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I'm a little confused on what does string pool actually contain.

When we say String s = "abc", does this mean that during compile time, the string object is put in the string pool or is it the reference that is put?

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marked as duplicate by NINCOMPOOP, Jason, RAS, Dennis Meng, Uli Köhler Mar 1 '14 at 15:23

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the string object –  Bhavik Shah Jul 17 '13 at 12:42
    

6 Answers 6

The statement String s = "abc" causes the abc to be created in String constant pool if it is not already present. If it is present, then a reference will be returned . You can find a good tutorial about string constant pool here.

http://www.thejavageek.com/2013/06/19/the-string-constant-pool/

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Each time you create a String that way, the JVM checks whether this Object is in the String constant pool. If so, a reference to the "pooled" instance will be returned. If it doesn't, a new instance initialized and put in the pool:

          ----------- String s = "Hello";
          |
          ٧
+-------------------+   
|      "Hello"      |
+-------------------+
        pool 
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String pool is just a cache for string literal.Whenever we assign string literal to string reference ,literal will be searched in string pool and it will be assigned to reference variable. In String s="abc" JVM will search literal "abc" in string pool and will be assign reference of it to reference variable s.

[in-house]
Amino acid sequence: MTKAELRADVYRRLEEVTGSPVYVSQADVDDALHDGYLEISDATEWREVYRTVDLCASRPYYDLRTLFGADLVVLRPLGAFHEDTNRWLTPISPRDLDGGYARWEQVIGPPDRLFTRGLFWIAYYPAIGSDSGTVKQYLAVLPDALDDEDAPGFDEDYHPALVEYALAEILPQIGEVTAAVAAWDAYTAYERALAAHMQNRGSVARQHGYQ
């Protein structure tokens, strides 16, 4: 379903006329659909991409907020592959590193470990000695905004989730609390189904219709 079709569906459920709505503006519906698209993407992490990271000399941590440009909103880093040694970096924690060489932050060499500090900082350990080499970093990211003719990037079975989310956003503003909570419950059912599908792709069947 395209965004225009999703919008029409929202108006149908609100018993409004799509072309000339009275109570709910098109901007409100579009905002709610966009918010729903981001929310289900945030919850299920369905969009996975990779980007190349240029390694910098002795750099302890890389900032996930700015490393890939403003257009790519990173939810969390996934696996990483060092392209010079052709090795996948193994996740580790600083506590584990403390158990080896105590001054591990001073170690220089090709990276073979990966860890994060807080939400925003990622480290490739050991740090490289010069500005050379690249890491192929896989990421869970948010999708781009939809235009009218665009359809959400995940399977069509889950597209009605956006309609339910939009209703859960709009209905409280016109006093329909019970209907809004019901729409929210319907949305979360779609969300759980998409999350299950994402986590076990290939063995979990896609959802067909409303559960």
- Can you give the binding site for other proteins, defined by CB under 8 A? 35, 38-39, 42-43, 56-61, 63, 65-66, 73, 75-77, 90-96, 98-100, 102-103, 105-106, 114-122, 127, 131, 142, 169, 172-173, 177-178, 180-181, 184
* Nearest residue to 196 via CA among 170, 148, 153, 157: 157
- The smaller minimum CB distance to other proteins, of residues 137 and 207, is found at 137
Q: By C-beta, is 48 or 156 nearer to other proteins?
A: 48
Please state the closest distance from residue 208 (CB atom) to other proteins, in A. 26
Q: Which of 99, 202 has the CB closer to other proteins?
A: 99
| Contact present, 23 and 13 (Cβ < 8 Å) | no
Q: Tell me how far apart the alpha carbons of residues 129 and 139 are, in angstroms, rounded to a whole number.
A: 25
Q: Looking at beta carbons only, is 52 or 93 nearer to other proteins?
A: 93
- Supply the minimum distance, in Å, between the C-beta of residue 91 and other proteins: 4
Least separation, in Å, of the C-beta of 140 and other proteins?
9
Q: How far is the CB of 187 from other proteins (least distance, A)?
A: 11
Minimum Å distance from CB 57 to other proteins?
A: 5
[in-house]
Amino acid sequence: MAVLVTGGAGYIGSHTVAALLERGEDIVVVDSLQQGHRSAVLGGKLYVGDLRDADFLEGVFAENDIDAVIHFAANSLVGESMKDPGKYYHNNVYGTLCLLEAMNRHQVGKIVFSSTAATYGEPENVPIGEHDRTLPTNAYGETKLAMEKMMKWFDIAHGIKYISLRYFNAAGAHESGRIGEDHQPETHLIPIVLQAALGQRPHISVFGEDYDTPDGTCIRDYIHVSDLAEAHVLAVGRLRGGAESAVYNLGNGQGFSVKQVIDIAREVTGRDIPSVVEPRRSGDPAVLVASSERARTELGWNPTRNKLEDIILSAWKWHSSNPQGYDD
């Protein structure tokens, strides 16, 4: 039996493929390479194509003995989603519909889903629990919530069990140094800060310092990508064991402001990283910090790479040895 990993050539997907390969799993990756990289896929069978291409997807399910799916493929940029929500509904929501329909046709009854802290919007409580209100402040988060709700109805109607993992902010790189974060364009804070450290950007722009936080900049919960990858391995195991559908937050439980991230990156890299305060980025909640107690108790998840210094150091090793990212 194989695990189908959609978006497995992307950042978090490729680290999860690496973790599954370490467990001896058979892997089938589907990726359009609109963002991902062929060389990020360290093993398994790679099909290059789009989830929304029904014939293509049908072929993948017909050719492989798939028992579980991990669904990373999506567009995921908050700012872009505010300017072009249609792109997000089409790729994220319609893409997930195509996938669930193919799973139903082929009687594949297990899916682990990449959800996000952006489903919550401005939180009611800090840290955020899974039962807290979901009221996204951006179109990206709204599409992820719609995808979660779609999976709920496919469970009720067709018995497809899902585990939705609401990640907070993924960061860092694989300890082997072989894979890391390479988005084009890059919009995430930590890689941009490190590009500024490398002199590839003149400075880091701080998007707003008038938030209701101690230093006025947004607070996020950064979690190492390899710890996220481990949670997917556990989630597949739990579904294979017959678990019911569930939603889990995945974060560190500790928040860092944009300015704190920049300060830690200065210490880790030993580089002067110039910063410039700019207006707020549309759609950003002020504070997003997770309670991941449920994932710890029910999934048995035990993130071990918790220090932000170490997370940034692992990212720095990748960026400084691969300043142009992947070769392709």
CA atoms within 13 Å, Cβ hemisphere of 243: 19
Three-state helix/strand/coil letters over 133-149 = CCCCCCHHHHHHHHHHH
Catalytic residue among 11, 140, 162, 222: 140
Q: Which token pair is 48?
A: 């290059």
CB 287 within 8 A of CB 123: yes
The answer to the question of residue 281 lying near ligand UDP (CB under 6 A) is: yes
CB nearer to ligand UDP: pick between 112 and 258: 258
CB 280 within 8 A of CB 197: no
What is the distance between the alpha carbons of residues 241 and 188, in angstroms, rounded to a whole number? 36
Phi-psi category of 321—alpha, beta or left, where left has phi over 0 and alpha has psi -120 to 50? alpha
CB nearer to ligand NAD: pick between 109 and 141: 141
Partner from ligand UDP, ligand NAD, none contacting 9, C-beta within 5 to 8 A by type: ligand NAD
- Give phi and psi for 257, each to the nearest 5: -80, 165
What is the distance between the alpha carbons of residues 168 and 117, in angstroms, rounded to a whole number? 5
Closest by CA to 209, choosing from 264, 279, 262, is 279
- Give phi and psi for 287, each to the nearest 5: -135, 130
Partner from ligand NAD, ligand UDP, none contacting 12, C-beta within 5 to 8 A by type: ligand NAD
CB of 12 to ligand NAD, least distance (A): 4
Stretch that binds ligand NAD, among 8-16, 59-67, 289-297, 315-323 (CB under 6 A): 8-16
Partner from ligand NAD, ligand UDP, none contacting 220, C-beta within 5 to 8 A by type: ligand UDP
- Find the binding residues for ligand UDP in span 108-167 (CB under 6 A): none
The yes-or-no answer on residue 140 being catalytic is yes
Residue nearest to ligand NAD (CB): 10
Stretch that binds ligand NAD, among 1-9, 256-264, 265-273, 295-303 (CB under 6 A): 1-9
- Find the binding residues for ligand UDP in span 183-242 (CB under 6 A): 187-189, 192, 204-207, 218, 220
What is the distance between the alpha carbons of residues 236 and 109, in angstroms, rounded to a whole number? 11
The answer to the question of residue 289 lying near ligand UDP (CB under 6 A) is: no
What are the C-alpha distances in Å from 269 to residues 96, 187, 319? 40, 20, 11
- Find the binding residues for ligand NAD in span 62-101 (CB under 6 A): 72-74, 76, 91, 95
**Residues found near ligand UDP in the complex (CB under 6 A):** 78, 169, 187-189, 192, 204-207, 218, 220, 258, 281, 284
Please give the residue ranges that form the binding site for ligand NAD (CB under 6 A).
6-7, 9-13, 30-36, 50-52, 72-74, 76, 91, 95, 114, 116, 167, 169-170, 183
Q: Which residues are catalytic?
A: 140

____________
          refers |           | 
String s ------->|   abc     |<---- String Pool 
                 |___________|       
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The pool you are talking about is in the heap and all the references that exist are present on stack(not heap). When you create a string String s = "abc"; String literal "abc" is placed in the String pool and all further references will point to this literal except the case in which you create a String object using new(separate memory space is allocated on the heap in this case).

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The string pool refers to a place in memory where Strings are defined. The string pool has references to constants to be reused. The string pool is what allows this to happen:

String a = "a" + "b";
String b = "ab";
if(a == b) {
System.out.println("this will print");
}

a==b will evaluate to true, because the compiler sees both String a and String b as equal to "ab" so this string is stored in the String pool and both String a and String b point to this one reference.

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"abc" is defined at compile time here and hence would be automatically interned. This string object will hence go to string intern pool. If one already exists there, its reference would be returned.The string intern pool is a part of main java heap since Java 7(and we know heaps are to contain objects).

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